No, it isn't. Quite the contrary.
Proverbs 27:5: Better is open rebuke than love that is concealed.
It simply isn't Divine love to sit by and do nothing where the straightforwardness of the Gospel truth is concerned. I am not talking about wrangling over words and making obtuse arguments about peripheral issues, but where the Gospel itself has been departed from. It only takes a few errant words to firmly fix an aberrant, unorthodox doctrine in the minds of the hearers... "Behold, how great a forest is set aflame by such a small fire!" [James 3:5b] We are talking about a very "narrow gate" here, as Jesus Himself stated in Matthew 7:13-14:
 Enter by the narrow gate; for the gate is wide, and the way is broad that leads to destruction, and many are those who enter by it.  For the gate is small, and the way is narrow that leads to life, and few are those who find it.
If we, as Christians, are all one Body [in Christ] as we claim to be, then we ought to love another enough to speak the truth in these matters... and to hear the truth and receive correction as well...even when it may be an unpopular truth. We ought to love one another enough to "contend earnestly for the faith which was once for all delivered to the saints." [Jude 3]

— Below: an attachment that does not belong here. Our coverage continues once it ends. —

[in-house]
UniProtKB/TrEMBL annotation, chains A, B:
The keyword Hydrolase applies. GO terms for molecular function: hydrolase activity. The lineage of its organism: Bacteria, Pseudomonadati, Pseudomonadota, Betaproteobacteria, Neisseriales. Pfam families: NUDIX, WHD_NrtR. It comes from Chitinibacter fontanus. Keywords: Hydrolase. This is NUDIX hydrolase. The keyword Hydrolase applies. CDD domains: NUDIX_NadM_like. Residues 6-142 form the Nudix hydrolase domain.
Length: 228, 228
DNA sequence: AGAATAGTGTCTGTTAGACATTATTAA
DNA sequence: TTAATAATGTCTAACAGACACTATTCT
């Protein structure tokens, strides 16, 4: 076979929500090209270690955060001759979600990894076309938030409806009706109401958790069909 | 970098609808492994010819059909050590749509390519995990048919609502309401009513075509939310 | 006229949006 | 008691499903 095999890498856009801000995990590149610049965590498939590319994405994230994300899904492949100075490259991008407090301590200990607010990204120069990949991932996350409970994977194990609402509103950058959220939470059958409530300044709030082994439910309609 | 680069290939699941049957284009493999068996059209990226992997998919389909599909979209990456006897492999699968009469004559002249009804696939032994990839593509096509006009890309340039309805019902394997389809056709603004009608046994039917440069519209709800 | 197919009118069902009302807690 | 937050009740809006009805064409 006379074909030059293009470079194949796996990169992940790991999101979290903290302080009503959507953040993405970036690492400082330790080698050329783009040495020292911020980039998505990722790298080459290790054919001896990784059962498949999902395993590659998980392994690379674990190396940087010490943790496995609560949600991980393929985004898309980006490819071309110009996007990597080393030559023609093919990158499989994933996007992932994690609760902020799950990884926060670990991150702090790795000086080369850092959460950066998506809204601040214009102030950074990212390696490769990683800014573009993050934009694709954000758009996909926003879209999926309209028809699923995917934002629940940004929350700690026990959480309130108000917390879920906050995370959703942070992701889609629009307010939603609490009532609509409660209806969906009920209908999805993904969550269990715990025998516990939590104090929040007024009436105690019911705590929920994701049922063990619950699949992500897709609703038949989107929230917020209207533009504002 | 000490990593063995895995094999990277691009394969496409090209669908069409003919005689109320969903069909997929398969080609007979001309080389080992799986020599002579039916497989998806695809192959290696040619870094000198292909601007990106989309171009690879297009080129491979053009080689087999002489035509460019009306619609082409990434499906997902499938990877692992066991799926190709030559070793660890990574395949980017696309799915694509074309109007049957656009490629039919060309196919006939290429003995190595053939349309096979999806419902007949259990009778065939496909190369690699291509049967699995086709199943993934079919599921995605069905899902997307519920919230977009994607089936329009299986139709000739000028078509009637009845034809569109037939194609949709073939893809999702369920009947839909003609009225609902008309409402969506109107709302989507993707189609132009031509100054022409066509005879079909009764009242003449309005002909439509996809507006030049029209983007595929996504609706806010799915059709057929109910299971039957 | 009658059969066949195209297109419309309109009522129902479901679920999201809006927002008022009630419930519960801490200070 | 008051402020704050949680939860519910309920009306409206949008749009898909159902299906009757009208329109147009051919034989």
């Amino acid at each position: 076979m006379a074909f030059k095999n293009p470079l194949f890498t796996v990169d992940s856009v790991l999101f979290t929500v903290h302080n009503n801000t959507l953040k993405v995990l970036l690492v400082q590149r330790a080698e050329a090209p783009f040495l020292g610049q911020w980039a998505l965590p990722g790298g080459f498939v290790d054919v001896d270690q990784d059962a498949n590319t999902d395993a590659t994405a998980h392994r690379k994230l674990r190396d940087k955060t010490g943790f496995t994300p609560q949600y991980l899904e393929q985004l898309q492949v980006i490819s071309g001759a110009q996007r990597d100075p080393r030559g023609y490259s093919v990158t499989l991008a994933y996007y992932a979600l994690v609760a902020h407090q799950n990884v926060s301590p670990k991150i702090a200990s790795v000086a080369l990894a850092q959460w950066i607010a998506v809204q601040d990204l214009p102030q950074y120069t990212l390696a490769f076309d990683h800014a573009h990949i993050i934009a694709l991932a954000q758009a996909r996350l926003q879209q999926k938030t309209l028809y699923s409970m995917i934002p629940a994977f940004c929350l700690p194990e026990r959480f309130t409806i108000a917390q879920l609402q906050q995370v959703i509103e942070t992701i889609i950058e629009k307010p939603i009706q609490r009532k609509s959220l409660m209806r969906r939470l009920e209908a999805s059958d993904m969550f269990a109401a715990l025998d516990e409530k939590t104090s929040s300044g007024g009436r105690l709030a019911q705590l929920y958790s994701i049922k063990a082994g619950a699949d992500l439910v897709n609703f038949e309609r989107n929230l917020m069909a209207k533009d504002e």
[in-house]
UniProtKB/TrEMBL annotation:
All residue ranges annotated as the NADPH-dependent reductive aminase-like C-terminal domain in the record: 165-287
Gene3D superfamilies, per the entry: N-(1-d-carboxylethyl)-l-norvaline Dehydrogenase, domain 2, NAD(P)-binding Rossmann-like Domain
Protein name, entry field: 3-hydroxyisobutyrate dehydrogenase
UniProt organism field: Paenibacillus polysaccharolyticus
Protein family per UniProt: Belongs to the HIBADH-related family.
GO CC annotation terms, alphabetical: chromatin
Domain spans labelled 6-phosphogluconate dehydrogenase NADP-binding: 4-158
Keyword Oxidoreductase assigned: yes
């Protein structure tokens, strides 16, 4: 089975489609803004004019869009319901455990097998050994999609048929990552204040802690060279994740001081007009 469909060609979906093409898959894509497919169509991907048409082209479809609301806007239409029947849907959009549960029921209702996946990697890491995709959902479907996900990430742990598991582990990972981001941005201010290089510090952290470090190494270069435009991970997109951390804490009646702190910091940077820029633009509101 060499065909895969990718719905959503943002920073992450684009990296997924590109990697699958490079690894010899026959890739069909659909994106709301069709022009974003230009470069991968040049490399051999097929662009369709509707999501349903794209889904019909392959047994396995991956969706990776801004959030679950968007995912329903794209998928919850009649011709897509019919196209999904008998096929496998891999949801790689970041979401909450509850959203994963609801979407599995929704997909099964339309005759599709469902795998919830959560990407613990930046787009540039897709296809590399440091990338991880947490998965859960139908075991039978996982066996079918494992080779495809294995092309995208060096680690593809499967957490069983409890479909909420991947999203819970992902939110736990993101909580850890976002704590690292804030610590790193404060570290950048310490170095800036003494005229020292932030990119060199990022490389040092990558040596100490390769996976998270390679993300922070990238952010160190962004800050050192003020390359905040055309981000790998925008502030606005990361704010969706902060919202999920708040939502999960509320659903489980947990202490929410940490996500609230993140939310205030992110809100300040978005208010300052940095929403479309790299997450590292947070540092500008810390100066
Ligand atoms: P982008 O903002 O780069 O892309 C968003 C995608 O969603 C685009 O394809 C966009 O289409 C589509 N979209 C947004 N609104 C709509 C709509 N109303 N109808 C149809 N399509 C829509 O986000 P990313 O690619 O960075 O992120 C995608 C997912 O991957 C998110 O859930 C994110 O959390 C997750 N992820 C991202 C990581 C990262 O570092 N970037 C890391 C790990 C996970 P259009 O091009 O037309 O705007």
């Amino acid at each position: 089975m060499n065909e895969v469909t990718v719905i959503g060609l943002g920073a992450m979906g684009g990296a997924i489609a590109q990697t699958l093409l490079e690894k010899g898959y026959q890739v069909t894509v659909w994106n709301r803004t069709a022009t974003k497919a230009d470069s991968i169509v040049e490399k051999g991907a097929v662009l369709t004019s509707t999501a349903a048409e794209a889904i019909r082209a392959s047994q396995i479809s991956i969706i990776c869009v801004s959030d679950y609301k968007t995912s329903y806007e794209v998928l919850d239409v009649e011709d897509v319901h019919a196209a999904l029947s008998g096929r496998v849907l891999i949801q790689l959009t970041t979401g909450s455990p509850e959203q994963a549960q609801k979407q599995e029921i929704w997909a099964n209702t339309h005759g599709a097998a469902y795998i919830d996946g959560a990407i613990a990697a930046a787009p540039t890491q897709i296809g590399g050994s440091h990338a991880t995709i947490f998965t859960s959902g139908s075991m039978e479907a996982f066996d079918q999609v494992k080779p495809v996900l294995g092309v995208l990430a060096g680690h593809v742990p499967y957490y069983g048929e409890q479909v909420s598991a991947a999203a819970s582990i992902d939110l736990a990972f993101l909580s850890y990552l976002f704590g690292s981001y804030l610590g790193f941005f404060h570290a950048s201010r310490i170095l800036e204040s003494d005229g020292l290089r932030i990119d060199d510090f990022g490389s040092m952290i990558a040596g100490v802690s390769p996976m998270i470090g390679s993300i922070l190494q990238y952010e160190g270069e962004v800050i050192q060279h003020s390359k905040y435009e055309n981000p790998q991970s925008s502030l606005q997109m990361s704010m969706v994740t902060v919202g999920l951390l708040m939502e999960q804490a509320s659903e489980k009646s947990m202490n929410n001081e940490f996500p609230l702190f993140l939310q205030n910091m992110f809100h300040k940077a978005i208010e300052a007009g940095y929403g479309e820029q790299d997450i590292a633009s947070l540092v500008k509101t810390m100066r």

The phrase "contend earnestly" in Jude is unique in all of the New Testament. In the Greek, it means to contend, literally to the point of agony, as an athlete might in the Olympic games, as competing and contending to win the prize. That is a very distinctive mandate to vigorously contend for the faith, for the Gospel truth in the face of aberrant teachings. In fact, the little epistle of Jude tells us both why [false teachers] and how [in the love of God] we are to "contend earnestly" for the faith.
Isn't Public Correction Divisive and Harmful to the Unity of the Body?
We need to understand that if we don't "rightly divide the word of truth" [2 Timothy 2:15], God's Word will divide us.